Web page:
Eye of Curiousity

JOURNEY INTO MYSTERY

Eye of Curiousity Eye of Curiousity

The first time I read about Aleister Crowley was several years ago. None of my friends had heard about him. Not my parents and the "teachers" at school. At least they wouldnít admit they had.

Eye of Curiousity

Eye of Curiousity

Eye of Curiousity

The piece was included in a norvegian edition of "Into the unknown", edited and published by Readerís Digest. It was a typical stupid piece, filled with the usual nonsense and arrogance against the unknown or unacceptable. I was just in my early twenties then and read it because of my never sated curiosity towards almost everything. Nothing more at the time. Besides, the man was portrayed as some of a charlatan and buffoon and I was a little younger than now. Not so good at piercing illusions and conscious of the lies of society. So well... I liked his attitude against christianity, but otherwise, he was pretty much without much interest to me.

Eye of Curiousity

Eye of Curiousity Eye of Curiousity

Almost ten years later, after a considerable time as "established" and self-chosen outsider, the name Crowley came up again. And again and again. This time I (like Colin Wilson) went to the library.

Of course with even less success than he had.

Eye of Curiousity

Eye of Curiousity Eye of Curiousity

"What kind of man was he anyway"? asked the librarian. I could tell that she knew of him, that she had heard about him, and I grinned sardonically.

"He was a philosopher", I told her.

Eye of Curiousity

Eye of Curiousity Eye of Curiousity

In a library that proud boosted their many copies of "Mein Kampf", by the not so unknown Adolf Hitler, there was not a trace of Aleister Crowley.

Not before after quite a few visits to London, when I decided to comb every bookstore all over the international city, did I find significant quantities of his works and biographies of his life. Gradually fast the image of another Crowley began to emerge.

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This is my fourth collection of poems. Itís the first Iím publishing. IĎm not certain why Iíve made that choice. Maybe because I made a conscious, deliberate choice when I decided to write about Frater Perdurabo. My other works are more instinctive. And to publish is a very conscious act. Itís a clear advantage to not give a fuck about what the world happens to think of you, when you do it. Thatís by the way, in general, a philosophy that is widely embraced by all true rebels. Crowley would know that very well.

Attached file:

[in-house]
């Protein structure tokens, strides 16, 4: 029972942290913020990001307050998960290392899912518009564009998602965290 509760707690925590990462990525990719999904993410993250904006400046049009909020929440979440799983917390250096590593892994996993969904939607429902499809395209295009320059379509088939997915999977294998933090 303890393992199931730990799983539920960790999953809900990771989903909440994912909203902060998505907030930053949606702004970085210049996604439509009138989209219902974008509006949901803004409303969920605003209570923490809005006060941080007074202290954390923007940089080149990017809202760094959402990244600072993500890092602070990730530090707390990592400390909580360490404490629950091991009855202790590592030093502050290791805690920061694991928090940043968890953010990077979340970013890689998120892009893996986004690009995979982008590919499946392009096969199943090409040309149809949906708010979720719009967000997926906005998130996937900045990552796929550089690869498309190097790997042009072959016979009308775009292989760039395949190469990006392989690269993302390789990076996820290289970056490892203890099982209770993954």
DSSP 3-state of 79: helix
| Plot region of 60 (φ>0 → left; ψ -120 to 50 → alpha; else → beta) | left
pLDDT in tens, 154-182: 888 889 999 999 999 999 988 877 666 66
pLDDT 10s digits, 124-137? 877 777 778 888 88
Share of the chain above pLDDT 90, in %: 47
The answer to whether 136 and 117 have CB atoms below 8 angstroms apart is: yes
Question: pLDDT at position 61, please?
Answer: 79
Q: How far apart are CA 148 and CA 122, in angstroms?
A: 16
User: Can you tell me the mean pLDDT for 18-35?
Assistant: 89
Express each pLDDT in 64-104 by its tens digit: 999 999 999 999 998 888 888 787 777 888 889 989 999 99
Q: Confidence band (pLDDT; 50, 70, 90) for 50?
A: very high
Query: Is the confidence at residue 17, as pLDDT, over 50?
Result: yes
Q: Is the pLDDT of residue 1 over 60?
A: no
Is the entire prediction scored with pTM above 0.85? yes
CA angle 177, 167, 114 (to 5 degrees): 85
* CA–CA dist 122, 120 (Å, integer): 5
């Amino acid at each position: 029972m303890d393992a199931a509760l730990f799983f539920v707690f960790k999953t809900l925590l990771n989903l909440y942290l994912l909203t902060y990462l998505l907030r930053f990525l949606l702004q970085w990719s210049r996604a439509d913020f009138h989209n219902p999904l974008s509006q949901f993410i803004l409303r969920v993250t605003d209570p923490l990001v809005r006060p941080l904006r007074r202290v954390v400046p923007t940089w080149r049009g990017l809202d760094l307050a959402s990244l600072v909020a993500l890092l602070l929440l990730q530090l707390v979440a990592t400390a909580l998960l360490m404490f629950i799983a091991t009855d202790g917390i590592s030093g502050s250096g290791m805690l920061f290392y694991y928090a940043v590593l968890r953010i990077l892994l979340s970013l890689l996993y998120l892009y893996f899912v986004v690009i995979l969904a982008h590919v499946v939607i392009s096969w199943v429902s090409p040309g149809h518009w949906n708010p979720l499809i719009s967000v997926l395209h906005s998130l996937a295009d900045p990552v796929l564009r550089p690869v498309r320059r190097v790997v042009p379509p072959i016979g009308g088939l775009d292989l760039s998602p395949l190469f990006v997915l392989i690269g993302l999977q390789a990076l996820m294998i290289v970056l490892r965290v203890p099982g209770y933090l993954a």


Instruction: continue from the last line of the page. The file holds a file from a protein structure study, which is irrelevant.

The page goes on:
I have never met Crowley, of course. Neither anybody who knew him. I have to rely on what others have written, and more importantly, what he himself wrote. And from that basis form my own opinion. In my opinion the artist and the man are one and the same, so that is quite allright. This is not a factual recount of his life. Itís not a condemnation nor a glorification, but rather a personal journey through his life... and his magic. Itís about a man striving for freedom, who after searching for it for years all over the world, knows it is (and always has been) his to enjoy. A human being with faults and fragilieties, but also with an inborn strength to withstand the pressures of bondage and injustice in a world built on hypocrisy and slavery.

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And to hell with the consequences. Isnít that GREAT?

The index promises a little bit more than what is contained in the book. This is because this work right from the start, was intended to be both music and text. Iím in the process of discovering the music bit by bit. So maybe the album too, one day, can be a reality. Of course, if realisation really is everything, it already is.

I have used an british-english dictionary doing this work. After all, Crowley was born in england, even if he was not particularly proud of that fact. The language is otherwise more of a form of international english.

Again... Enjoy. I am confident that you will find it a terrifically indecent piece of work.

Gate of Discovery

To all the travels and revels, the life and magic.

To more wild life.